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Hard drive motor

Discussion in 'Electronic Components' started by ehsjr, May 29, 2005.

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  1. ehsjr

    ehsjr Guest

    I was given an *old* CompaQ laptop with a bad hard drive.
    I pulled the drive, and intend to play with the motor,
    once I disassemble the drive. What kind of motor is it?
    What do I need to do to run it? The connection is much
    smaller than a regular hard drive, if that's any help.

  2. Art

    Art Guest

    + 12 VDC, + 5 VDC, and a viable controller card with the imbedded EPROM, etc
    for that particular drive. Then have it connected to a motherboard or
    similar pcb that will provide the appropriate commands, either via a MPU or
    a programmed PIC. The motor itself will probably require a pulse width
    modulated DC voltage properly applied to the numerous coils.
  3. I've pulled apart doaens of 3.5" HDDs recently, just to get rid of all
    the old 0.5 GB clunkers around just taking up space. I was taking a few
    parts off the MB, but now I just scrounge the magnets, some phillips
    screws, and little else. Most of these drives are Maxtors. I've only
    pulled apart one 2.5" HDD. Here are some of my observations.

    There are just a few companies making the motors, one common one is
    NIDEC. Some motors are permanently glued into the drive case, and can't
    be removed as a unit. No matter if they're removable or not, they're a
    bitch to get apart because they're glued together.

    I see mostly four terminals on them, three for the phases and a common,
    so it might be seen as a 'Y' configuration. Some have a couple more
    terminals, apparently for a tachometer. I guess the four terminal ones
    use the output of a head to determine the speed, along with the head

    Older drives may have used a separate chip to drive the motor, but I
    think the trend has been to cram as much circuitry into a single chip as
    possible so that newer drives have the motor driver combined with many
    other functions. If so, then you'll have to roll your own to make the
    motor run.

    Many of the old Maxtors can be disassembled with a #1 phillips, but most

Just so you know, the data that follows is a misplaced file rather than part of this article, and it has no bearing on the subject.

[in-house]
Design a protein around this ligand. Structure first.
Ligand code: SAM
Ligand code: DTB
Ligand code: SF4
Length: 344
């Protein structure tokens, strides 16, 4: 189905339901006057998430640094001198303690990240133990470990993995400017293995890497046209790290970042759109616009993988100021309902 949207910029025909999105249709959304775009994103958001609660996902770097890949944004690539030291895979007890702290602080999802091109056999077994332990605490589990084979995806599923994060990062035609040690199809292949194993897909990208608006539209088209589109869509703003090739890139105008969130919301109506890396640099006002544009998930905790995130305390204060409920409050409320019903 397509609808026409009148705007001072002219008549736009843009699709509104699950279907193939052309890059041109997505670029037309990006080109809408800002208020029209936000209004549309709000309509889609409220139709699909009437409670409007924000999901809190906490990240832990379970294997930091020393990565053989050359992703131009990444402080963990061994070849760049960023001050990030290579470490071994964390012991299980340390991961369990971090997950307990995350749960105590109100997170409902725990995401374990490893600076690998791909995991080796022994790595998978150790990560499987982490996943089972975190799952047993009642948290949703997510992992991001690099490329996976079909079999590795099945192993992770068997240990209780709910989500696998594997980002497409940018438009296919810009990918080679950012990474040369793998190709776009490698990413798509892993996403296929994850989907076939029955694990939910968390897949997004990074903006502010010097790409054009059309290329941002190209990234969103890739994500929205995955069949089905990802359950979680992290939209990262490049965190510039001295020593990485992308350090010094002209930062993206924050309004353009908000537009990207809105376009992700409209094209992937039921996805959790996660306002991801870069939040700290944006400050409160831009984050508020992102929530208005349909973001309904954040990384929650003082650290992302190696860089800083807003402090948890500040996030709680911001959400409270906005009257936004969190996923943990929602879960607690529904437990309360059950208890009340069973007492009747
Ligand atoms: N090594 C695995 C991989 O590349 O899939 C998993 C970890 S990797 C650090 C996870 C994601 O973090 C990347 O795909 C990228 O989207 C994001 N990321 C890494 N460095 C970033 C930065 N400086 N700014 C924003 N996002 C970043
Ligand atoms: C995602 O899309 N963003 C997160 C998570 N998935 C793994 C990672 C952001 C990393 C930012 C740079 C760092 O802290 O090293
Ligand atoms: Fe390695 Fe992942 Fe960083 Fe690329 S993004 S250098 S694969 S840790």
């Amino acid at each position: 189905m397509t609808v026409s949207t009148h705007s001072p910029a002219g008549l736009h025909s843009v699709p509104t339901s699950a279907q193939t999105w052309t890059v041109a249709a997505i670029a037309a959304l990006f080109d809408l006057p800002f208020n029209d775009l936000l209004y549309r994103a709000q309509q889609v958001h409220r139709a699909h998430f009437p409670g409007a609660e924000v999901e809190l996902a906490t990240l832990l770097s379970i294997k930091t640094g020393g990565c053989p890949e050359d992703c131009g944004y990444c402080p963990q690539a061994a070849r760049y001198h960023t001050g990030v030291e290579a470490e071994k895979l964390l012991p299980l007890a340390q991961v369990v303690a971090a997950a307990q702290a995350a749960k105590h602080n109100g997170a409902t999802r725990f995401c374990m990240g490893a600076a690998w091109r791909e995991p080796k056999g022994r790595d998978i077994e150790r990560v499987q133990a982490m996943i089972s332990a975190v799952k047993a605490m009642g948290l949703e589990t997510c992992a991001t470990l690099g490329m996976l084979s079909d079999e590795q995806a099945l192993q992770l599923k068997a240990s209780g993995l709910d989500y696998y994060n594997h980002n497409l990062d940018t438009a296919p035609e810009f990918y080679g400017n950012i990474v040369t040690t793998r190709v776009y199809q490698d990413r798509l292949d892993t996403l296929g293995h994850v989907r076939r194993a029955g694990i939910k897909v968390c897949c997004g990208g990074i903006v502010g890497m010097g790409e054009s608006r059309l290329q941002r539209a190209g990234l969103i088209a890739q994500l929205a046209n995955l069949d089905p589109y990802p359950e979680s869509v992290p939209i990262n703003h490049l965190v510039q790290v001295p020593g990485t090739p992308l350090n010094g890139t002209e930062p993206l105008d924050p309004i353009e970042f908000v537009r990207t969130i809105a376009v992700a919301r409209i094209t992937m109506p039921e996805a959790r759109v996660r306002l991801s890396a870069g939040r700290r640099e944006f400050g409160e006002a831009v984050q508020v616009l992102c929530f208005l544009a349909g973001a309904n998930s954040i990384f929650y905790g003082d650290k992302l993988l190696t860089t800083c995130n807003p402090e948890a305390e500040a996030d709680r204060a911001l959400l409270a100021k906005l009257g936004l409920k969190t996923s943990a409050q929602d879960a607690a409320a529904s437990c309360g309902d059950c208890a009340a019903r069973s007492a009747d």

of the newer and other drives require a #9 or #8 Torx and sometimes a
    smaller Torx. So you may have to swing by a hardware
    store and pick up a couple Torx bits for your changeable-tip magnetic

    I found the KSH210 which is on many MBs is a low Vce(sat) PNP transistor
    that works well for the B.O.s if you're willing to put up with the
    upside-down PNP config.

    I've found that the motors will light up the red LED connected across
    the coils very brightly. But it takes a quick spin to get the voltage
    high enough. Basically this proves that the motor has permanent
    magnets. I also connected a red LED across the drive terminals of the
    'voice coil' that drives the heads, and swinging it mack and forth will
    light up the LED brightly.

    Oh, one other thing. If you take off all four corners of the cover, and
    the cover doesn't pull off easily, then there's another screw or two
    hidden under the label that you have to remove. Poke around with the
    torx until you find it/them.

    Watch your fingers! Those super magnets can snap together with so much
    force that they'll pinch you.

    Have fun.
  4. ehsjr

    ehsjr Guest

    Thanks, Watson. Exactly as you described. Now for
    my next trick - I have 4 memory "sticks" (or whatever
    you call them) (modules ?) from an old 433 machine: 3
    with 128 mb and 1 with 64 mb. Do you know of any place
    I could donate them? They are going to the trash can
    (I hate that) unless I can find somone to give them to.
    You're good with salvaged parts, so I figure you might
    know. They are free to whomever wants them.

  5. Donate them to Mike Terrell.
  6. WDino

    WDino Guest

    Most hard drive motors are of a synchronous type. That is they are a version of
    a stepper motor. So they need to be driven by a two phase ac signal.
  7. Of the many HDDs I've disassembled, most have motors made by NIDEC, and
    these have four terminals. I measured these and found that the
    resistances indicated three windings connected to a common terminal in a
    "Y" configuration. So it would need three phases to drive it.
  8. ehsjr

    ehsjr Guest

    Thanks! Mailed them to him today.
  9. ehsjr

    ehsjr Guest

    Mine is a delta configuration - 3 wires with 5 ohms between
    each wire. If I want to drive it, I'll have to come up
    with a 3 phase generator or use a PIC to come up with
    3 square waves, or ?

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